My great-grandmother, Ida B. Wells, made an impact on our country and was well-known during her lifetime for her activism regarding a variety of causes for African American and women’s rights. In Chicago, for almost 60 years the name Ida B. Wells was associated with the Southside housing community which was named after her. When the housing community was eliminated in 2002 there was concern that the legacy she left behind would fade into memory.
In today’s hyper technology-driven world things become outdated within a few days, so what happened a century ago can seem like the stone age. But, even though she died in 1931, Ida B. Wells is someone the country must never forget. Yes, the housing “projects” named after her are gone, but the former residents and a group representing different organizations formed a committee to honor her, the work she did, and life she lived in another form – a monument.
The contributions Ida B. Wells made to this country, is something that should make this country proud. In order to make sure that future generations of students, tourists and native Chicagoans alike remember this great woman, the Ida B. Wells Commemorative Art Committee, has commissioned a monument to be created by world-renowned sculptor, Richard Hunt, a Chicago native, who is known for his abstract, interpretive, soaring and breath-taking public pieces. It will be located in Bronzeville at 37th & Langley as one of a handful of monuments in the country that captures the life and work of an African American woman, and the first in Chicago.
The life of Ida B. Wells is extraordinary. She was born a slave in Holly Springs, MS on July 16, 1862 and moved to Memphis, TN where she worked as a teacher, journalist, and anti-lynching crusader. After her printing press was destroyed in 1892 in response to her writing about lynching, she spent time in New York City, then traveled to England to speak about injustice taking place in the United States. She then settled in Chicago where she married Ferdinand L. Barnett and had four children. While juggling motherhood, she was involved in the suffrage movement, became a community organizer, and was an early pioneer in the social work field.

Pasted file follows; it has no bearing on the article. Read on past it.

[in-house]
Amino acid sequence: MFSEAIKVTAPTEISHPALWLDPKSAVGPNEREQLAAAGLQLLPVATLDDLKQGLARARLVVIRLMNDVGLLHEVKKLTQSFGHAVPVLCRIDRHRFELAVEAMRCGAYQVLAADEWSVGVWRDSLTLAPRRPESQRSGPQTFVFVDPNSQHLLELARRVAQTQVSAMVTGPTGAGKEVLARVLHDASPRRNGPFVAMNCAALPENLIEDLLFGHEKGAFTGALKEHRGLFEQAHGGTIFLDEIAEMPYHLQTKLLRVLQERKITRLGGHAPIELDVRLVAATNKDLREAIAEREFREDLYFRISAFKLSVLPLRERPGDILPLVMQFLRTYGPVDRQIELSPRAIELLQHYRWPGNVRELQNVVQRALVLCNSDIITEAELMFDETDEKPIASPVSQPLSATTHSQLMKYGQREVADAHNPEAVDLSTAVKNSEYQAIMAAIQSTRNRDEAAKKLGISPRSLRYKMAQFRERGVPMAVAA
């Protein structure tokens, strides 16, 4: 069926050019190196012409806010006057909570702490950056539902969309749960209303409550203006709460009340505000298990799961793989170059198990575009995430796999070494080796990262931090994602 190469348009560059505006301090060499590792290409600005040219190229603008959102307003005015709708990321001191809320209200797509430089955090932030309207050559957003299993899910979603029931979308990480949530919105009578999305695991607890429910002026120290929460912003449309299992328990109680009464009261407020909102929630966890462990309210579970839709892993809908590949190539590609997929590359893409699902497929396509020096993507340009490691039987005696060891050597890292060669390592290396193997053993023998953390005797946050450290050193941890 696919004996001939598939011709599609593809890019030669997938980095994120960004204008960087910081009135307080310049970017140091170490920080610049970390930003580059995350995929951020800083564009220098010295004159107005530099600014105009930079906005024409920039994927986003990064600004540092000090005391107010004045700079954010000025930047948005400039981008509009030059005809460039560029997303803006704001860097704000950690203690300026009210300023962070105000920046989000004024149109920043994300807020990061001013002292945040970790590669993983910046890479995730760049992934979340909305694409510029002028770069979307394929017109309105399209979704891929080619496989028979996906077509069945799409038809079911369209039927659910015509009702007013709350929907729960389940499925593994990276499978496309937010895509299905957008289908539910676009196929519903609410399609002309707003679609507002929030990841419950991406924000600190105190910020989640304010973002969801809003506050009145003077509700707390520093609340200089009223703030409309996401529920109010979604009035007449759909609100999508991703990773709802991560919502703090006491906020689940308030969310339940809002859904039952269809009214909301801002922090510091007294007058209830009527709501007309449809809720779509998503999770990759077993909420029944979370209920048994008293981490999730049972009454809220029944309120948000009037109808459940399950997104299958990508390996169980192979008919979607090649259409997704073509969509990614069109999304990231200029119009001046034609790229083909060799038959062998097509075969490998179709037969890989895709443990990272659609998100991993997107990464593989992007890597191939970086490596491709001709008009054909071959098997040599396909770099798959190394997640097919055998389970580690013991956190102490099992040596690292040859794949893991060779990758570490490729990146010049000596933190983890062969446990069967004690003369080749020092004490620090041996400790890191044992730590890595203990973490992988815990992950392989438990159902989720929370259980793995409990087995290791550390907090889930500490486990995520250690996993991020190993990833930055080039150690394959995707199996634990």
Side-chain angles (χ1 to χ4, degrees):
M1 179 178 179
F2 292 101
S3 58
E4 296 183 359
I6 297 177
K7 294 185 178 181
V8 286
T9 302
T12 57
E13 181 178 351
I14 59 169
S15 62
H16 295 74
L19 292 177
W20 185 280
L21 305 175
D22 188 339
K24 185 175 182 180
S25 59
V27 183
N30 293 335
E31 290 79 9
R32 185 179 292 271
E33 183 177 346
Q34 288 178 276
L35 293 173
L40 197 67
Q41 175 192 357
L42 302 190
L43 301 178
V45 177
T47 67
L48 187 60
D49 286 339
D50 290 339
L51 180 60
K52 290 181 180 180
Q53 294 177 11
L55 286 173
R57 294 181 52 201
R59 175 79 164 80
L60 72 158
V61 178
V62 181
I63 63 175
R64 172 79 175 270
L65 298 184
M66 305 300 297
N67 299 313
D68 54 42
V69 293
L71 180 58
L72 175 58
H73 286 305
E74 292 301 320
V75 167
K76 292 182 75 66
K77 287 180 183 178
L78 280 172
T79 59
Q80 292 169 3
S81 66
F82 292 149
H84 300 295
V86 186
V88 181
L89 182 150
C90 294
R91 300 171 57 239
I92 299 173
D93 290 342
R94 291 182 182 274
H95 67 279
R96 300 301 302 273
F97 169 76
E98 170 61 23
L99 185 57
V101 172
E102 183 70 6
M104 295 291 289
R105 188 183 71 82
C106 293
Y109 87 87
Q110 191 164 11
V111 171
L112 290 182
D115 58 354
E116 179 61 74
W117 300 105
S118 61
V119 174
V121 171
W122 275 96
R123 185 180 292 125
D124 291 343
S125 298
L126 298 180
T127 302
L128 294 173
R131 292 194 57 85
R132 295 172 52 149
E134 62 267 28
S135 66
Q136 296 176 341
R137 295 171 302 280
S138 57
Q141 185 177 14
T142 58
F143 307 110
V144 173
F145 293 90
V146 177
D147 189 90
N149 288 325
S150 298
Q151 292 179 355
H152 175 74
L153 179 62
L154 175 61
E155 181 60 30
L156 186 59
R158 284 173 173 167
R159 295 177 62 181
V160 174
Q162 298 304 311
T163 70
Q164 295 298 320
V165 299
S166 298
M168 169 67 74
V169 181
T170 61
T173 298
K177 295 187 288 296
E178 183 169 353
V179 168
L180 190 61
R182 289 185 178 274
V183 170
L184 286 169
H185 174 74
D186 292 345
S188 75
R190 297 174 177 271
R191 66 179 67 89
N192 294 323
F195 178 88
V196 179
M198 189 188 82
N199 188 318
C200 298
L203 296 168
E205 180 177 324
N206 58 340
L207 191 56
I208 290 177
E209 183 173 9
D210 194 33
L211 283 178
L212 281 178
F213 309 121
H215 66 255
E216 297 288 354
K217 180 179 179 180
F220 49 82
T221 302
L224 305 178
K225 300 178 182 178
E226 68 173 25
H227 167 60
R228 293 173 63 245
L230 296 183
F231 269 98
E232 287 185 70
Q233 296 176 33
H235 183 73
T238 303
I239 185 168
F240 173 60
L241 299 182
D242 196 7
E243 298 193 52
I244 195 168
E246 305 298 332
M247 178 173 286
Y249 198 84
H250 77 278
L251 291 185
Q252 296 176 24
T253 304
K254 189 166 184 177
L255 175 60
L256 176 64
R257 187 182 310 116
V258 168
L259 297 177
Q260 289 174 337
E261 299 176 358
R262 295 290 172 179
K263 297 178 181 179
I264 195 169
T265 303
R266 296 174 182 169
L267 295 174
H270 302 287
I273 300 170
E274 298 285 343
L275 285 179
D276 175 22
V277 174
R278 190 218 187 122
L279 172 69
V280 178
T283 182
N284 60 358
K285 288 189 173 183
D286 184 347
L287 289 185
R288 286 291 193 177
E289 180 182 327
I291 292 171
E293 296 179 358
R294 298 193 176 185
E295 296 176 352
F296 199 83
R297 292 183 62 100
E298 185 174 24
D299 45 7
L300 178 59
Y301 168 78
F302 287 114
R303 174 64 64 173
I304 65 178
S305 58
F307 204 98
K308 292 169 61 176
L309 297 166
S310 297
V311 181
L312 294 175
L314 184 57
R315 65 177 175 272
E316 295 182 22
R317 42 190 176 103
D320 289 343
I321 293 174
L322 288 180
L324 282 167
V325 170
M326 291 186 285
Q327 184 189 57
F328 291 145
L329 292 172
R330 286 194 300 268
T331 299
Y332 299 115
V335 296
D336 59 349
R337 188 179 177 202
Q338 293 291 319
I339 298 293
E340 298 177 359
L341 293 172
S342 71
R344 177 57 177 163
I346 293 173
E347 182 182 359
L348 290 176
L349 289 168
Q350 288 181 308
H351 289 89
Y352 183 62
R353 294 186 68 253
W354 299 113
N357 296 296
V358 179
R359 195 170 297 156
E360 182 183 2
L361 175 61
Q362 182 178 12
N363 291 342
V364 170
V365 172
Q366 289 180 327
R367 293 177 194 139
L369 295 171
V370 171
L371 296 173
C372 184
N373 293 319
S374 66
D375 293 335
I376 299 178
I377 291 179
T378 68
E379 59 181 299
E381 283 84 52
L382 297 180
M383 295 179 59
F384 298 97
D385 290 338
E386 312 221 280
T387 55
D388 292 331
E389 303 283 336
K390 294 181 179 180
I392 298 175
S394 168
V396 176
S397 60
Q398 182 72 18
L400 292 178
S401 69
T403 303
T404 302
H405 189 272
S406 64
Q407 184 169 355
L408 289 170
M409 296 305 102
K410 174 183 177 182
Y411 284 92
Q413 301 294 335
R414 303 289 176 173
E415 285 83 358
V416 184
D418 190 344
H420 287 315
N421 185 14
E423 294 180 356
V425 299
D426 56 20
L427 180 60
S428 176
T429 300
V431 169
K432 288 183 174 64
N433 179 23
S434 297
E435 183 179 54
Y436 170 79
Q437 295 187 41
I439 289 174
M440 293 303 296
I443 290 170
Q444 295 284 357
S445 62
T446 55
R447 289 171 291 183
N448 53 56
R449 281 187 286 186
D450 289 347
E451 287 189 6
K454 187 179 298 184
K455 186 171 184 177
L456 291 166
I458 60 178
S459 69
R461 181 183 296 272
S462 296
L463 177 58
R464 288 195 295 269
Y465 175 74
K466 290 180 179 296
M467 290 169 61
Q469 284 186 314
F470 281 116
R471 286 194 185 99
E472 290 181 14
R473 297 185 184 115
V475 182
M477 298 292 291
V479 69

With her words, Ida B. Wells documented the unfair treatment she experienced on a train in Tennessee as a result of Jim Crow laws. From her perspective as a teacher, she exposed the inequality in the education system. As a woman who lost three close friends to murder at the hands of a mob, she documented in great detail the horrors of lynching. Through her writing she influenced thousands of disenfranchised people to pack up all of their belongings and move from Memphis, Tennessee to Oklahoma in order to enjoy a more equitable life. She convinced thousands to boycott white-owned businesses, in order to cripple a system that humiliated and ostracized them, based only on the color of their skin.
During her career, she was co-owner of two newspapers, The Memphis Free Speech and The New York Age. After she moved to Chicago in 1895, she became full-owner of The Conservator, which was the first Black newspaper in Chicago. She lived, worked and raised her family in the Bronzeville neighborhood (formerly known as the Blackbelt). The last home that she and her husband shared, located at 3624 S. King Drive, is now a national landmark.
Ida B. Wells spent her life fighting for justice. She spoke out about the challenges that black women faced. She used her writing, speaking and organizing skills to do the same type of work that Black Woman’s Blueprint is doing today. She fought to secure the social, political and economic equality in American society. She, like BWB fought to develop a culture where women of African descent are fully empowered and where gender, race and other disparities are erased. She, like BWB, conducted research and documented the incidents of injustice and left a record for generations after her to know the truth. She said and truly believed that “The way to right wrongs is to turn the light of truth upon them.” She wrote numerous articles and several pamphlets to document the extraordinary level of violence and injustice that was experienced by the African American community. The violation of black women by the power structure, in addition to the brutalization of black men in the name of protecting white women, was something she shed the light of truth upon.